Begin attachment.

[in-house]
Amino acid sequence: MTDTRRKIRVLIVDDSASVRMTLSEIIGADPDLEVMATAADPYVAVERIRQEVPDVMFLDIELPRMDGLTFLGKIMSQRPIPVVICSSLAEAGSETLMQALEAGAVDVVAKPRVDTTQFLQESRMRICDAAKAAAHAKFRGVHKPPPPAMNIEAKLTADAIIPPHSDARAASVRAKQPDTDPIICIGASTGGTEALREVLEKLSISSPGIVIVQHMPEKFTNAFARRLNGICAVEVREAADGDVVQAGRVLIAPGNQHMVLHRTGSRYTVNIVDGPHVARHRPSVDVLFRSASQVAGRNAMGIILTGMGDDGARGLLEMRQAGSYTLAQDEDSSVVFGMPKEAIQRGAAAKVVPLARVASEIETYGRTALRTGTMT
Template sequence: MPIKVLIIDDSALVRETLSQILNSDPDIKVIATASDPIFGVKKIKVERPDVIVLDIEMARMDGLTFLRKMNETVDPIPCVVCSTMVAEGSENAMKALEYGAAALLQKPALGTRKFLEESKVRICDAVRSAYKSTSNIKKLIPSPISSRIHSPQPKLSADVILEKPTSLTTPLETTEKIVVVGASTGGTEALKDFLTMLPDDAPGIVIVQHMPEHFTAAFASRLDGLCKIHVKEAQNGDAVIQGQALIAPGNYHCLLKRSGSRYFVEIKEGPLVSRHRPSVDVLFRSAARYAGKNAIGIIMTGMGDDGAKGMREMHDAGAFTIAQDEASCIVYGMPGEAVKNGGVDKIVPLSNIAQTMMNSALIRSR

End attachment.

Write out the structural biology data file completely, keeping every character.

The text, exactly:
[in-house]
Amino acid sequence: MTDTRRKIRVLIVDDSASVRMTLSEIIGADPDLEVMATAADPYVAVERIRQEVPDVMFLDIELPRMDGLTFLGKIMSQRPIPVVICSSLAEAGSETLMQALEAGAVDVVAKPRVDTTQFLQESRMRICDAAKAAAHAKFRGVHKPPPPAMNIEAKLTADAIIPPHSDARAASVRAKQPDTDPIICIGASTGGTEALREVLEKLSISSPGIVIVQHMPEKFTNAFARRLNGICAVEVREAADGDVVQAGRVLIAPGNQHMVLHRTGSRYTVNIVDGPHVARHRPSVDVLFRSASQVAGRNAMGIILTGMGDDGARGLLEMRQAGSYTLAQDEDSSVVFGMPKEAIQRGAAAKVVPLARVASEIETYGRTALRTGTMT
Template sequence: MPIKVLIIDDSALVRETLSQILNSDPDIKVIATASDPIFGVKKIKVERPDVIVLDIEMARMDGLTFLRKMNETVDPIPCVVCSTMVAEGSENAMKALEYGAAALLQKPALGTRKFLEESKVRICDAVRSAYKSTSNIKKLIPSPISSRIHSPQPKLSADVILEKPTSLTTPLETTEKIVVVGASTGGTEALKDFLTMLPDDAPGIVIVQHMPEHFTAAFASRLDGLCKIHVKEAQNGDAVIQGQALIAPGNYHCLLKRSGSRYFVEIKEGPLVSRHRPSVDVLFRSAARYAGKNAIGIIMTGMGDDGAKGMREMHDAGAFTIAQDEASCIVYGMPGEAVKNGGVDKIVPLSNIAQTMMNSALIRSR